A federal judge has dismissed a Chicago singer-songwriter's claim that Lady Gaga's "Judas" was an infringing copy of her song "Juda."
U.S. District Judge Marvin E. Aspen, in a summary judgment ruling issued on Tuesday, said that Rebecca Francescatti's "Juda" lacked substantial similarity to Gaga's work, the threshold for proving a copyright infringement claim. "Judas" was a hit single on Gaga's "Born This Way" album, released in 2011.
"No reasonable fact finder could detect similarities between the expression of the repeated words 'Juda' and 'Judas' in the lyrics," Aspen wrote. "Their monotone melody does not sound similar. And although we find that the songs share similarities in terms of their titles and the four 16th notes, these similarities are merely cosmetic in nature. Because they are not qualitatively important, these elements fail to give rise to substantial similarity."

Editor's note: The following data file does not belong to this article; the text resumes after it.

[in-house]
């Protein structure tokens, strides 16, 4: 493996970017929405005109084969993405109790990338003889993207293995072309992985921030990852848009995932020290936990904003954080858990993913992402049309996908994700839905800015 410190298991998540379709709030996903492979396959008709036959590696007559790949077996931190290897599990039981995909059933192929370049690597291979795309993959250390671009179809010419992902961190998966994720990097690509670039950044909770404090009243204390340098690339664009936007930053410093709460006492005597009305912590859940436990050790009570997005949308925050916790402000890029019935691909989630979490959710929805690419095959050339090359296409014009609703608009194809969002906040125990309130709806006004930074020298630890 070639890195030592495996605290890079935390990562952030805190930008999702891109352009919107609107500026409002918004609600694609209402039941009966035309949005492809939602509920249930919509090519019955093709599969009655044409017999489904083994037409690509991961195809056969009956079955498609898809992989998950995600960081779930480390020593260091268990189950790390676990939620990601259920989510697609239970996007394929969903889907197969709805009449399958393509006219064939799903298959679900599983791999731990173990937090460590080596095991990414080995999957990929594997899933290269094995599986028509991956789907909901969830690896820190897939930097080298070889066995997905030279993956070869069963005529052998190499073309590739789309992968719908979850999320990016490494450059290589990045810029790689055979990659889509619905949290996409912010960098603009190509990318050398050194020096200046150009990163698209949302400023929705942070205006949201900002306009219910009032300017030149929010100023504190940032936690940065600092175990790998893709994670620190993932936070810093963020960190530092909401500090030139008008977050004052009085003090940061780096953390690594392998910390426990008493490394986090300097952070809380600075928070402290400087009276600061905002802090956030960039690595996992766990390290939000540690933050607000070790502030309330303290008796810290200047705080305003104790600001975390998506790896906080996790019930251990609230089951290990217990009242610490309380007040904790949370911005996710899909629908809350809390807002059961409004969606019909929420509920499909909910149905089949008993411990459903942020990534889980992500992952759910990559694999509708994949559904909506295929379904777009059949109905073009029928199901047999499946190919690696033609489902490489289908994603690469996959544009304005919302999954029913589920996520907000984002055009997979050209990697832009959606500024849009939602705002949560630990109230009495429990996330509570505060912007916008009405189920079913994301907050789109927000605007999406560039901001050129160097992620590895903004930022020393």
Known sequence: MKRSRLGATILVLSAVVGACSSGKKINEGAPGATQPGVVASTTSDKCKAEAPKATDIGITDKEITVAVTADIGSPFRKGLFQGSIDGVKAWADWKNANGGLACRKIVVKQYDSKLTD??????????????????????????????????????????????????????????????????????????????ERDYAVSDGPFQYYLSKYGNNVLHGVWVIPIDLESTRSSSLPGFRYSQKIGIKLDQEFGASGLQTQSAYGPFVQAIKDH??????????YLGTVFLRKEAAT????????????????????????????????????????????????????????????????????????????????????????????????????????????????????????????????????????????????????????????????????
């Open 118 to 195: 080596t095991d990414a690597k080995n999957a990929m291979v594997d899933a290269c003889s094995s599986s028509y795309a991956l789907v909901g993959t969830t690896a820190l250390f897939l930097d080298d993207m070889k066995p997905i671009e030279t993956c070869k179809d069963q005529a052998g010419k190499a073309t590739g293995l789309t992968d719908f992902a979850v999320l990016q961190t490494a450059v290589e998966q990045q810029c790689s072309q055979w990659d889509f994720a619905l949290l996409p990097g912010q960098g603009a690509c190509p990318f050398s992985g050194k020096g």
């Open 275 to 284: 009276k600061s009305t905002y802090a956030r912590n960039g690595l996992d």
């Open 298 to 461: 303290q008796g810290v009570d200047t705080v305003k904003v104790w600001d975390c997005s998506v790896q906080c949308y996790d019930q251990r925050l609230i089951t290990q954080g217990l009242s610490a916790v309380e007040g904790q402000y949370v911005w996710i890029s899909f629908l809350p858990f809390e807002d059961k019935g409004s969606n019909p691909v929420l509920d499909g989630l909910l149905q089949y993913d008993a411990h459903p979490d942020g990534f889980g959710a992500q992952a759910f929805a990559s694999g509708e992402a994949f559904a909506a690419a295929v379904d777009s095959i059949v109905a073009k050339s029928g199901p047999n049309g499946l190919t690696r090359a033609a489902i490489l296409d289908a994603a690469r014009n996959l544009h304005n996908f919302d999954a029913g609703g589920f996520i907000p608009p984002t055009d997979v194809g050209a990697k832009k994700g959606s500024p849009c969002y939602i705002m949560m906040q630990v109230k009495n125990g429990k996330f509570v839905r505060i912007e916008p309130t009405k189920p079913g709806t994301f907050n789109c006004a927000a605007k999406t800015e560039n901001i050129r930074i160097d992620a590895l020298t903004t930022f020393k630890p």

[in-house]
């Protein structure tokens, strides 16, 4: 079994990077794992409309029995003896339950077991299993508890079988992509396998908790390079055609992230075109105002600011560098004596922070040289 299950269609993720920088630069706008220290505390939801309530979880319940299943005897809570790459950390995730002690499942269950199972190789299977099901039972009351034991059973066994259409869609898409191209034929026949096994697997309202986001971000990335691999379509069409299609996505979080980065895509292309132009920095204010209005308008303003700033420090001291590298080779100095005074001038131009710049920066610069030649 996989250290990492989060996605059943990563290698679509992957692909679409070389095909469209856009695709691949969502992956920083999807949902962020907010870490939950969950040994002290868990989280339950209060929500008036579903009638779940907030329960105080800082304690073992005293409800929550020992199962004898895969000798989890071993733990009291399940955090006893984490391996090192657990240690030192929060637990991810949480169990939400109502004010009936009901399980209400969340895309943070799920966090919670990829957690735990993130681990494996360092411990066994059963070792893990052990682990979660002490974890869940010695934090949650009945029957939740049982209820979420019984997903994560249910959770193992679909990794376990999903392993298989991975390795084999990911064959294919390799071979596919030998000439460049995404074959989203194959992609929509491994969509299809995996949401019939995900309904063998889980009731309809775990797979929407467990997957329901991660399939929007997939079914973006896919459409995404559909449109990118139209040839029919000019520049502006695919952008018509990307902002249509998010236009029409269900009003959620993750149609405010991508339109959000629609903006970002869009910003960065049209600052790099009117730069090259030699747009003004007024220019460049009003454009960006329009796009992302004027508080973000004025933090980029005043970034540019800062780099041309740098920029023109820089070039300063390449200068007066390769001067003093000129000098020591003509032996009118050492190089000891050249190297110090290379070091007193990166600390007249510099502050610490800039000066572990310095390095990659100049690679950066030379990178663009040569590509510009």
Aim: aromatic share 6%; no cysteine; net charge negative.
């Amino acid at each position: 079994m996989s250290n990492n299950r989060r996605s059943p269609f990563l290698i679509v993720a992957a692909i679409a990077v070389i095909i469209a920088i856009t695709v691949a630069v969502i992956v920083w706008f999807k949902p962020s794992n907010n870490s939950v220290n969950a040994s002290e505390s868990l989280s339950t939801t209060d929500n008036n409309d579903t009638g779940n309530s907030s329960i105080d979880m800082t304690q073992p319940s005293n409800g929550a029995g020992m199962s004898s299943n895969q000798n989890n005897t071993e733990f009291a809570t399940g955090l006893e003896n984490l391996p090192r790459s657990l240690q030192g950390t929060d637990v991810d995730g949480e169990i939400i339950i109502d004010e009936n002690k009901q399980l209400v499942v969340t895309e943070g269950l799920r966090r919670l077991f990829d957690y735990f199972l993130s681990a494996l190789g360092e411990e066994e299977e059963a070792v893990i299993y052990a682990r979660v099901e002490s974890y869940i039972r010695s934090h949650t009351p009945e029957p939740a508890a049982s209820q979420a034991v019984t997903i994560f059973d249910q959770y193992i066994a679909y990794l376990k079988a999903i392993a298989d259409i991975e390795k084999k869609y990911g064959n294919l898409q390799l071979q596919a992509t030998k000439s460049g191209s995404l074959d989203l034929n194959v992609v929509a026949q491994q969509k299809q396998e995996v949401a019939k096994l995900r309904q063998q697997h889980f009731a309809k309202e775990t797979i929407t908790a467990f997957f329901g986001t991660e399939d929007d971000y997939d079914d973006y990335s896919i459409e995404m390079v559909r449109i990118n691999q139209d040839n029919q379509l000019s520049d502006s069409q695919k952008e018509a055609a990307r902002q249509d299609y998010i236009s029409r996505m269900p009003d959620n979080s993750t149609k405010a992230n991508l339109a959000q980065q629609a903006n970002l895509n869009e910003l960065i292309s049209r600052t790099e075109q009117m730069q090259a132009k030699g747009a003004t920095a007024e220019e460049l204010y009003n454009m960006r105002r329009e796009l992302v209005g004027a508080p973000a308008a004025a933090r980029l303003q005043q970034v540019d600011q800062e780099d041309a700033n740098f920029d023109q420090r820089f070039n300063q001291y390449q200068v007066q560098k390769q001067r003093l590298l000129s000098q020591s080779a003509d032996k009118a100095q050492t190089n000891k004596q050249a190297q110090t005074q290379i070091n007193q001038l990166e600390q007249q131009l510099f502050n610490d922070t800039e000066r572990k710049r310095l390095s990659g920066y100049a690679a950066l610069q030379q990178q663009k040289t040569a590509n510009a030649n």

Aspen did find that Gaga and other defendants in the case "had the reasonable opportunity" to view Francesatti's song. Access is an element in proving copyright infringement claims, and Francesatti contended that defendant Brian Joseph Gaynor, sound engineer and bassist for her rerecording of "Juda" in 2005, was the link to Gaga. He worked on her "Born This Way" album, but he and another defendant, DJ Paul Blair, denied that they denied that they worked on the "Judas" song or discussed its creation with Lady Gaga.
Although Aspen said that the "parties dispute whether Gaynor, in working with Blair on material for Gaga's 'Born This Way' album, exposed Gaga, either directly or indirectly through Blair, to the Francescatti song."
A legal team led by Chuck Ortner and Sandra Crawshaw-Sparks of Proskauer Entertainment Industry Group represented Lady Gaga. Christopher Niro, William Niro and Ashley E. LaValley of Niro, Haller & Niro represented Francescatti.
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